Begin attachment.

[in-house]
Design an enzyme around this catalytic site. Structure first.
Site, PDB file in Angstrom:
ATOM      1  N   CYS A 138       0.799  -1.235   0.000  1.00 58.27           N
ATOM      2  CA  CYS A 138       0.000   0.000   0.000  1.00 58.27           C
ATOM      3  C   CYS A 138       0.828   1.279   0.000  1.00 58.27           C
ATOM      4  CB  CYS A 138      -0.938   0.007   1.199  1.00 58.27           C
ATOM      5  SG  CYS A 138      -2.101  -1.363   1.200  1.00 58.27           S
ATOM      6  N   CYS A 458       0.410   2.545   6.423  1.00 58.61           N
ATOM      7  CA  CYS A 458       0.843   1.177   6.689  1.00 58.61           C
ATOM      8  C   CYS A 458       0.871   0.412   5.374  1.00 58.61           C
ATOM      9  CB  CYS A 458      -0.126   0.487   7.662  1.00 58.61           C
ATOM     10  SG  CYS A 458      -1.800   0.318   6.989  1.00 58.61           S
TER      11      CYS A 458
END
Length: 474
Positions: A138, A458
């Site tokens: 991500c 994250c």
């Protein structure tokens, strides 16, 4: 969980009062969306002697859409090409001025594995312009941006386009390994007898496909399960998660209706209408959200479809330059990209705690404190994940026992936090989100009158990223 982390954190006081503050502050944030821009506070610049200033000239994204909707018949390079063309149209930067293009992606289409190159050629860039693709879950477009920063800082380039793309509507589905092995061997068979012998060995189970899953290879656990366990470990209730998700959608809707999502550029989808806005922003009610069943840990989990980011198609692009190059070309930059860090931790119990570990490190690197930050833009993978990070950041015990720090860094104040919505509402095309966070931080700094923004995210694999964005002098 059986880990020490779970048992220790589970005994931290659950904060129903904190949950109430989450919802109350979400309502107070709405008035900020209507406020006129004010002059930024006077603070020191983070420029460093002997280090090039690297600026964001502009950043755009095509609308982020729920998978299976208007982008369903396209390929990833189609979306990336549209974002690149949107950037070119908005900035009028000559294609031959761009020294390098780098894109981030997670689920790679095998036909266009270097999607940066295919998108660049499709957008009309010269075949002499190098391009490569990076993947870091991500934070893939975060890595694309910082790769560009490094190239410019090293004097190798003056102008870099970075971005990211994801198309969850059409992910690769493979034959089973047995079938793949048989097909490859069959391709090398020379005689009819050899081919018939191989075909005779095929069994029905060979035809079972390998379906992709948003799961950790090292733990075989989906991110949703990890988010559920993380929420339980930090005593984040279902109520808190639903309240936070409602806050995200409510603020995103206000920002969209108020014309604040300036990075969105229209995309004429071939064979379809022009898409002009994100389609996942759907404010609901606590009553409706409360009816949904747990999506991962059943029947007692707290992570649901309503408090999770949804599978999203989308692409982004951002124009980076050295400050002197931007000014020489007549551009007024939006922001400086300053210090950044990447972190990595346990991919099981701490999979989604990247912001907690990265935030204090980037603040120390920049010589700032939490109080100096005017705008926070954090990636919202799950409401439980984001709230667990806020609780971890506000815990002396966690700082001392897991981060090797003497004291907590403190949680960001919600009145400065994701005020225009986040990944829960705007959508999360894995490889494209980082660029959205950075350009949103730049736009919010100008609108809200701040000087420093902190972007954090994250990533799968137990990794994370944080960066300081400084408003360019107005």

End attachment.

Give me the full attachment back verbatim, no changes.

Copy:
[in-house]
Design an enzyme around this catalytic site. Structure first.
Site, PDB file in Angstrom:
ATOM      1  N   CYS A 138       0.799  -1.235   0.000  1.00 58.27           N
ATOM      2  CA  CYS A 138       0.000   0.000   0.000  1.00 58.27           C
ATOM      3  C   CYS A 138       0.828   1.279   0.000  1.00 58.27           C
ATOM      4  CB  CYS A 138      -0.938   0.007   1.199  1.00 58.27           C
ATOM      5  SG  CYS A 138      -2.101  -1.363   1.200  1.00 58.27           S
ATOM      6  N   CYS A 458       0.410   2.545   6.423  1.00 58.61           N
ATOM      7  CA  CYS A 458       0.843   1.177   6.689  1.00 58.61           C
ATOM      8  C   CYS A 458       0.871   0.412   5.374  1.00 58.61           C
ATOM      9  CB  CYS A 458      -0.126   0.487   7.662  1.00 58.61           C
ATOM     10  SG  CYS A 458      -1.800   0.318   6.989  1.00 58.61           S
TER      11      CYS A 458
END
Length: 474
Positions: A138, A458
């Site tokens: 991500c 994250c």
């Protein structure tokens, strides 16, 4: 969980009062969306002697859409090409001025594995312009941006386009390994007898496909399960998660209706209408959200479809330059990209705690404190994940026992936090989100009158990223 982390954190006081503050502050944030821009506070610049200033000239994204909707018949390079063309149209930067293009992606289409190159050629860039693709879950477009920063800082380039793309509507589905092995061997068979012998060995189970899953290879656990366990470990209730998700959608809707999502550029989808806005922003009610069943840990989990980011198609692009190059070309930059860090931790119990570990490190690197930050833009993978990070950041015990720090860094104040919505509402095309966070931080700094923004995210694999964005002098 059986880990020490779970048992220790589970005994931290659950904060129903904190949950109430989450919802109350979400309502107070709405008035900020209507406020006129004010002059930024006077603070020191983070420029460093002997280090090039690297600026964001502009950043755009095509609308982020729920998978299976208007982008369903396209390929990833189609979306990336549209974002690149949107950037070119908005900035009028000559294609031959761009020294390098780098894109981030997670689920790679095998036909266009270097999607940066295919998108660049499709957008009309010269075949002499190098391009490569990076993947870091991500934070893939975060890595694309910082790769560009490094190239410019090293004097190798003056102008870099970075971005990211994801198309969850059409992910690769493979034959089973047995079938793949048989097909490859069959391709090398020379005689009819050899081919018939191989075909005779095929069994029905060979035809079972390998379906992709948003799961950790090292733990075989989906991110949703990890988010559920993380929420339980930090005593984040279902109520808190639903309240936070409602806050995200409510603020995103206000920002969209108020014309604040300036990075969105229209995309004429071939064979379809022009898409002009994100389609996942759907404010609901606590009553409706409360009816949904747990999506991962059943029947007692707290992570649901309503408090999770949804599978999203989308692409982004951002124009980076050295400050002197931007000014020489007549551009007024939006922001400086300053210090950044990447972190990595346990991919099981701490999979989604990247912001907690990265935030204090980037603040120390920049010589700032939490109080100096005017705008926070954090990636919202799950409401439980984001709230667990806020609780971890506000815990002396966690700082001392897991981060090797003497004291907590403190949680960001919600009145400065994701005020225009986040990944829960705007959508999360894995490889494209980082660029959205950075350009949103730049736009919010100008609108809200701040000087420093902190972007954090994250990533799968137990990794994370944080960066300081400084408003360019107005």